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Eid Mubarak! Chicago Muslims celebrate the end of Ramadan

Eid-al-Fitr began with the sighting of the new moon last night.

Eid-al-Fitr began with the sighting of the new moon last night.

Dining Chicago wishes our Muslim readers a sweet Eid-al-Fitr today as they break their month-long fast of Ramadan. The Islamic lunar calendar means the holiday moves around the year, and the end of fasting and start of Eid starts with the sighting of the new moon indicating the start of the month of Shawwal.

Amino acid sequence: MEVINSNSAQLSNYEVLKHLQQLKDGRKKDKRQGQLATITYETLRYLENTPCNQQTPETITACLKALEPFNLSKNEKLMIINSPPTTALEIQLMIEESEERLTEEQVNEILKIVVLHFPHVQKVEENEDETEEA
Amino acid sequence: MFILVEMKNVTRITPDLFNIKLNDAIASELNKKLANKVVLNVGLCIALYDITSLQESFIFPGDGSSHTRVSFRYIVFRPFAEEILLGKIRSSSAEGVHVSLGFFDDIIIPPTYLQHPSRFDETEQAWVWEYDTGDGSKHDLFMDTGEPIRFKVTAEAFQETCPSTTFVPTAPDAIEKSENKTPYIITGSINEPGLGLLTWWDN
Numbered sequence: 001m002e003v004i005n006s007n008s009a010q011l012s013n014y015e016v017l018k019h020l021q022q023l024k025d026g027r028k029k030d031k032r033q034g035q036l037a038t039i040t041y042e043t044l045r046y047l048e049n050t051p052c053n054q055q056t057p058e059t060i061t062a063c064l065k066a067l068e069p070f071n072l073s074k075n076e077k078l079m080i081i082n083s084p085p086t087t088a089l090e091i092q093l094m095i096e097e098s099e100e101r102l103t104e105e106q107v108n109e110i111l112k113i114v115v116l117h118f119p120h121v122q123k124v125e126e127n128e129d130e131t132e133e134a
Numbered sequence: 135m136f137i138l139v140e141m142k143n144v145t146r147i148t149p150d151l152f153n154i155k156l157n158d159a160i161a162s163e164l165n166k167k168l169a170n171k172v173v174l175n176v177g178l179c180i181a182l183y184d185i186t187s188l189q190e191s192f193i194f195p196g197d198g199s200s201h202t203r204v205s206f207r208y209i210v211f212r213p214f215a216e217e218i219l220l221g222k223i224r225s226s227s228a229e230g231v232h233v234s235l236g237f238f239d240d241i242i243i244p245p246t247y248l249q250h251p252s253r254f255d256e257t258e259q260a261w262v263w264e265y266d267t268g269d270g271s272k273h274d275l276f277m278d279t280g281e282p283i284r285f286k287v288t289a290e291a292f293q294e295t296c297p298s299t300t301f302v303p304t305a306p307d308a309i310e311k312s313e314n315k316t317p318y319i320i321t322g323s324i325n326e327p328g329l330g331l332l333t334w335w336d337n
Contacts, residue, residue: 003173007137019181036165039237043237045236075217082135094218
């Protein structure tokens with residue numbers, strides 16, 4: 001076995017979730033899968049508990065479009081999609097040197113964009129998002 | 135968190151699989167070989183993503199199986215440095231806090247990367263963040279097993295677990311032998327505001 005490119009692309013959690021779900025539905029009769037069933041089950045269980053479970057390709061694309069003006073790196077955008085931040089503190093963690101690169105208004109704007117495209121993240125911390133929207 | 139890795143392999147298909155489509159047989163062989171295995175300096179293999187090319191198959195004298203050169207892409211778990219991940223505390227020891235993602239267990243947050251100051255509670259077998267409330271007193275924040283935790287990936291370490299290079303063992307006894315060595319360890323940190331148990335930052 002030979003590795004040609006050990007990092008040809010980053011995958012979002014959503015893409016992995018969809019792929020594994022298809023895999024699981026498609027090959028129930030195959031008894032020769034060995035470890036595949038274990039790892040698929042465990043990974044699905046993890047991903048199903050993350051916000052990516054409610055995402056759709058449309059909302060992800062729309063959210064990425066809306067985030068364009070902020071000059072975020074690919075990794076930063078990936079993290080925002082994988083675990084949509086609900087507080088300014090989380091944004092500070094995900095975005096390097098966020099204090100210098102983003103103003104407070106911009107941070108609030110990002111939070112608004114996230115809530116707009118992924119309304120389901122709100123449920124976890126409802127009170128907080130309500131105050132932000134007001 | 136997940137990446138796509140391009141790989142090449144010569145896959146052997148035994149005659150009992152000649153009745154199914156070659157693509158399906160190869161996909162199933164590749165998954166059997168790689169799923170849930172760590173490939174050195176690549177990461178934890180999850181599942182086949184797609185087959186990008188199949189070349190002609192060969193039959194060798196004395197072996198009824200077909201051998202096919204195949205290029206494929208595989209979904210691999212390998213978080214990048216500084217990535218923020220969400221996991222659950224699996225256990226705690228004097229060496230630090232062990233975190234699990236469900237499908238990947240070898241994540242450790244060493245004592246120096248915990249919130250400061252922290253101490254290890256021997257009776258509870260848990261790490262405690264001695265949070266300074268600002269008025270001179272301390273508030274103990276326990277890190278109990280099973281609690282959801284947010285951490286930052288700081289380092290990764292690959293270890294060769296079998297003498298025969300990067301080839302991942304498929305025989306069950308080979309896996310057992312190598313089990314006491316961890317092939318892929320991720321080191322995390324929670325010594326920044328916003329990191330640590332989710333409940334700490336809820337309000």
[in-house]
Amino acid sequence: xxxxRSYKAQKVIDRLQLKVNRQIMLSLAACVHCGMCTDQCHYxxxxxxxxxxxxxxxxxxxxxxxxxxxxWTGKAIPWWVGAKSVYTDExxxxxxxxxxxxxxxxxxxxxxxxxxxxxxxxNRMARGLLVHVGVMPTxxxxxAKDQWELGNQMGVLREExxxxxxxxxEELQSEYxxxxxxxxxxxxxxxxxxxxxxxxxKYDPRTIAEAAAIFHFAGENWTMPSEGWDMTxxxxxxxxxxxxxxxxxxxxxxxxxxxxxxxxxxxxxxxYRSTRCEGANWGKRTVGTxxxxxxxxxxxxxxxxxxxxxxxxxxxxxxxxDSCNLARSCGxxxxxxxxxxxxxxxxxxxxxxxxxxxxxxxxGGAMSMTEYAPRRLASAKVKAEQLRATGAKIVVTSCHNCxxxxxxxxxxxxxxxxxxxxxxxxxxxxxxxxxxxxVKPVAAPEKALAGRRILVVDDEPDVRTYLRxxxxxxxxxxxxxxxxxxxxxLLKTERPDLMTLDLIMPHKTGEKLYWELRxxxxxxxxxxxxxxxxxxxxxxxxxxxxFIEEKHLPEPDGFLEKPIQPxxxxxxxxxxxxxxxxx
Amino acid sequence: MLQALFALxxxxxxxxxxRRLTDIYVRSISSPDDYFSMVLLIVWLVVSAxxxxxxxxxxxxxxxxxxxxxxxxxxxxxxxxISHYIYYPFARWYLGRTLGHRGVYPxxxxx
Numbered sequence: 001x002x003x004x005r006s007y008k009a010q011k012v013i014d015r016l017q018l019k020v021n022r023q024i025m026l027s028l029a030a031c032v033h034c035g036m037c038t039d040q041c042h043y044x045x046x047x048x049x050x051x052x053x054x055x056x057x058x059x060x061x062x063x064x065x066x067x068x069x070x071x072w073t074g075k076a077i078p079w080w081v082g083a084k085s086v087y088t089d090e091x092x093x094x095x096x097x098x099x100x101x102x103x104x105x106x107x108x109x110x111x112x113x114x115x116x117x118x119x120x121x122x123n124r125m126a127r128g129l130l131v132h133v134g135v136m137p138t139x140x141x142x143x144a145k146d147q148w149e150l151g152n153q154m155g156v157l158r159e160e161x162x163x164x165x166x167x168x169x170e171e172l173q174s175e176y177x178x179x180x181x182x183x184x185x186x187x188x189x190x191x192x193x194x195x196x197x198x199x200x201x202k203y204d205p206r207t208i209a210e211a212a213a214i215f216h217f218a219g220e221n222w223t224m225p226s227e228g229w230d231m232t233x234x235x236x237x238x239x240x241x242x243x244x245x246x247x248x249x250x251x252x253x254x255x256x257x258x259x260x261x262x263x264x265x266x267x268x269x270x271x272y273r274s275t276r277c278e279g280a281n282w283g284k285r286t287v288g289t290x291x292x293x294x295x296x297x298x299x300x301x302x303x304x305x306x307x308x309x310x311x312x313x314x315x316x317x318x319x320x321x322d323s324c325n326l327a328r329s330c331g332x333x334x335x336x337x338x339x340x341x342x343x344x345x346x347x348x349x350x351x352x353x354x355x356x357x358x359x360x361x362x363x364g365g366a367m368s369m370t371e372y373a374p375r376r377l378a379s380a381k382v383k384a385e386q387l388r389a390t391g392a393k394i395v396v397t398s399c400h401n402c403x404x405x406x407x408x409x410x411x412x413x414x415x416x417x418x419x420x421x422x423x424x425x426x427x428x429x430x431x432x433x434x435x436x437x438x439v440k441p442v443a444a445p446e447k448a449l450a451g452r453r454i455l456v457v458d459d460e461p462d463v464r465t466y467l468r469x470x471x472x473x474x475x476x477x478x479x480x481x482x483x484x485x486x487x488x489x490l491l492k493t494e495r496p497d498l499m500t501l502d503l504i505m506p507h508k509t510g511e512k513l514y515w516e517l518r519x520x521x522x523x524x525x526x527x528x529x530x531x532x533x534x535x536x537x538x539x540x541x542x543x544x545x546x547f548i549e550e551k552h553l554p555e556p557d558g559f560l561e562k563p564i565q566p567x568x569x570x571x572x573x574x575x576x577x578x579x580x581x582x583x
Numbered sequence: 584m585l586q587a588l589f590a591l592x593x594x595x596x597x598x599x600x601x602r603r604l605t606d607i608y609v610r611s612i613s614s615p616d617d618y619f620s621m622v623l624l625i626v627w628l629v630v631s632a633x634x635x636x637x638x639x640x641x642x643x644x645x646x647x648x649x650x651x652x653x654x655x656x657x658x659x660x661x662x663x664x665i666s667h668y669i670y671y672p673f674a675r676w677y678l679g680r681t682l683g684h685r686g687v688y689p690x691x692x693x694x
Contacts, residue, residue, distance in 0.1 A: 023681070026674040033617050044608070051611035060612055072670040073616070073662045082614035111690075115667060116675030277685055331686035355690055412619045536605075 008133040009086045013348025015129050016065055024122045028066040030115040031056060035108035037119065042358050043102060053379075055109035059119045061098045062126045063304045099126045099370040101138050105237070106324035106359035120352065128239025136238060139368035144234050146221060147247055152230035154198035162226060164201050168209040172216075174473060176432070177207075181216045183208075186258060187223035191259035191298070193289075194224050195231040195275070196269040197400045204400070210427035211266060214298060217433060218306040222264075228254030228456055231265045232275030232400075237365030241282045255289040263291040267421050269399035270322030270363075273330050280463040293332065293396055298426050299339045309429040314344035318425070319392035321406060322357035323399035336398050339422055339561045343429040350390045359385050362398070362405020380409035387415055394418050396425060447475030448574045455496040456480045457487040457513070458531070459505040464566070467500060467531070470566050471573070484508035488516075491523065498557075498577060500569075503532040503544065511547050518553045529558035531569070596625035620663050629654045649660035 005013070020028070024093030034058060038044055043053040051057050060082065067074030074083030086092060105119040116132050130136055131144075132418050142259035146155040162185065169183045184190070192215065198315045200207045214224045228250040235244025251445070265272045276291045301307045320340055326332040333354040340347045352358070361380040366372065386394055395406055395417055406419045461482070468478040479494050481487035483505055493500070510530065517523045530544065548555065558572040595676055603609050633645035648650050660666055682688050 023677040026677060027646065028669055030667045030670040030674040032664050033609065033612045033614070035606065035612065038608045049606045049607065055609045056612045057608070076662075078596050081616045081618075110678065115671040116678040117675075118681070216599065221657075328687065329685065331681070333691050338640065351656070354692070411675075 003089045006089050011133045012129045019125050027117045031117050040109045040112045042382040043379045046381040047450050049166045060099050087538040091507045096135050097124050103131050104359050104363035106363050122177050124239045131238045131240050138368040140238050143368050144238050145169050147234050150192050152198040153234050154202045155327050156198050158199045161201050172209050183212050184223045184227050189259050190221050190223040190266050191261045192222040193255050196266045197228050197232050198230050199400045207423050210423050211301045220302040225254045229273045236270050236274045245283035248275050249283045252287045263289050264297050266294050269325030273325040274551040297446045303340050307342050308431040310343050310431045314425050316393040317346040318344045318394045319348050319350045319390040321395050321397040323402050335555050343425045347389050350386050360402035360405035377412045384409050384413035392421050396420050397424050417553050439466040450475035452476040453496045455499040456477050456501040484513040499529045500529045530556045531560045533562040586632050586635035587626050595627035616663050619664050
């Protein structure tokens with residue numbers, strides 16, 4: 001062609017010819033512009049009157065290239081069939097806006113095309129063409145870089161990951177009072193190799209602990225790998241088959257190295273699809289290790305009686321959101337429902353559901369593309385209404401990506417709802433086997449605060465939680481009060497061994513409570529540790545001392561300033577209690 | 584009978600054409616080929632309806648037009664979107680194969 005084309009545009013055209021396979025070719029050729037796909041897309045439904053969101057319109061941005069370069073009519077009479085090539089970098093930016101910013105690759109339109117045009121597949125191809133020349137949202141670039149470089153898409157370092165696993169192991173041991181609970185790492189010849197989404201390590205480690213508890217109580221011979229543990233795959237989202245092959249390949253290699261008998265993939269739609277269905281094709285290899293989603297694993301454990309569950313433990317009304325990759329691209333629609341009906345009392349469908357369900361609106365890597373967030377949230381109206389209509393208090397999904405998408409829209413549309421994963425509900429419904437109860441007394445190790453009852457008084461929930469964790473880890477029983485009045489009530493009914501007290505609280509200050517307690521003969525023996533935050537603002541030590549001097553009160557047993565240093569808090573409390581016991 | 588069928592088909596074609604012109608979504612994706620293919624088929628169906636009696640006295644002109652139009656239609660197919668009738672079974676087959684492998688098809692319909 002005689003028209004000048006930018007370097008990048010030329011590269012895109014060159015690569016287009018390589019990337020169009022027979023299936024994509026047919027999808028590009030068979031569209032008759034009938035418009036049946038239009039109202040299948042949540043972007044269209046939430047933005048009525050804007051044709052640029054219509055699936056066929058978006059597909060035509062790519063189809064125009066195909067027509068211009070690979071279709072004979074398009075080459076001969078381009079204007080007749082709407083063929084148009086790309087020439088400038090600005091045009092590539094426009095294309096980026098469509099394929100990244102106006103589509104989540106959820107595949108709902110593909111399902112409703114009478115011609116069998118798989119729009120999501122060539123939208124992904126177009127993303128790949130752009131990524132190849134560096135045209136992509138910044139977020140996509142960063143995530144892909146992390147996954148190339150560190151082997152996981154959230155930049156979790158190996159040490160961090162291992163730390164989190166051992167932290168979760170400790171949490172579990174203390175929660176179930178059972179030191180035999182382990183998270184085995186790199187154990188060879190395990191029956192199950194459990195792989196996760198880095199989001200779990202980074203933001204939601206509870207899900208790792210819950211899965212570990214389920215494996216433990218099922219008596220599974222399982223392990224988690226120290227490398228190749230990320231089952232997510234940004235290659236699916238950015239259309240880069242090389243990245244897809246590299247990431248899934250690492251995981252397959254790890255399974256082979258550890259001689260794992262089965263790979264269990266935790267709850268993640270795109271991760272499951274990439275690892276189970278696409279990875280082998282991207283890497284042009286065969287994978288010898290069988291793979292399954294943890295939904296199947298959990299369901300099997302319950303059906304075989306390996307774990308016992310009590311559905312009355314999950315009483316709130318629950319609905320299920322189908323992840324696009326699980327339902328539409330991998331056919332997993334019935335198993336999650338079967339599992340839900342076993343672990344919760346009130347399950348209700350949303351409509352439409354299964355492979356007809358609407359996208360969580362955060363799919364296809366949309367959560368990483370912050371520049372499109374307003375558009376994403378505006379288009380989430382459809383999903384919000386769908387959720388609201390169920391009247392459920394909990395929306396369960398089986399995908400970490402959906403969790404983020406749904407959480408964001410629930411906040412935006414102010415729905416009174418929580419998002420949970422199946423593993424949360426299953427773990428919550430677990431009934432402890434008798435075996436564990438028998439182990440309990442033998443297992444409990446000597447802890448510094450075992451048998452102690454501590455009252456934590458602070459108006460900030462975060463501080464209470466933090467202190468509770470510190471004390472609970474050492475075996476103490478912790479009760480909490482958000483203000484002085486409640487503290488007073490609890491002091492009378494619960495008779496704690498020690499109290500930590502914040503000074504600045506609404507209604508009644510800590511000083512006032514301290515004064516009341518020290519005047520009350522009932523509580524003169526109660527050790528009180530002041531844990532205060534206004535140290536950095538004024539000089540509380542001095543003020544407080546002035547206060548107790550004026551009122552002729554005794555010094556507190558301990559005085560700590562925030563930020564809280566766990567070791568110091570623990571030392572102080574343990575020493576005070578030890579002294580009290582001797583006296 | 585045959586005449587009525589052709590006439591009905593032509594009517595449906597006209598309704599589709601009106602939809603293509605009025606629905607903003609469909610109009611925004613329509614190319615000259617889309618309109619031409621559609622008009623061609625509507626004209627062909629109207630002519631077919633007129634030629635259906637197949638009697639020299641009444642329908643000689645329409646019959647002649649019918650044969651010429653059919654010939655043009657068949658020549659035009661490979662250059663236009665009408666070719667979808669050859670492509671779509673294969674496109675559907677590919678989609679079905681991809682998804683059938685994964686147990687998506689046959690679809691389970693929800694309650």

The morning of the holiday is marked by thanksgiving prayers. The rest of the day is given to celebrating with family and friends and feasting.

Eid’s festive fare varies from culture to culture, but most Muslims break their fast with sweet dishes. In Chicago, where many local Muslims are of Pakistani or Indian heritage, common Eid dishes include sheer khorma, a sweet noodle pudding; burfi, a confection; and kulfi, ice cream.

Arab sweets such as kunafa, a phyllo pastry; maamool, date-filled cookies; and halvah, sesame candy; are popular with families of Middle Eastern descent.

Bosnian Muslims, another significant Chicago group, enjoy an apple dessert called tufahije at Eid.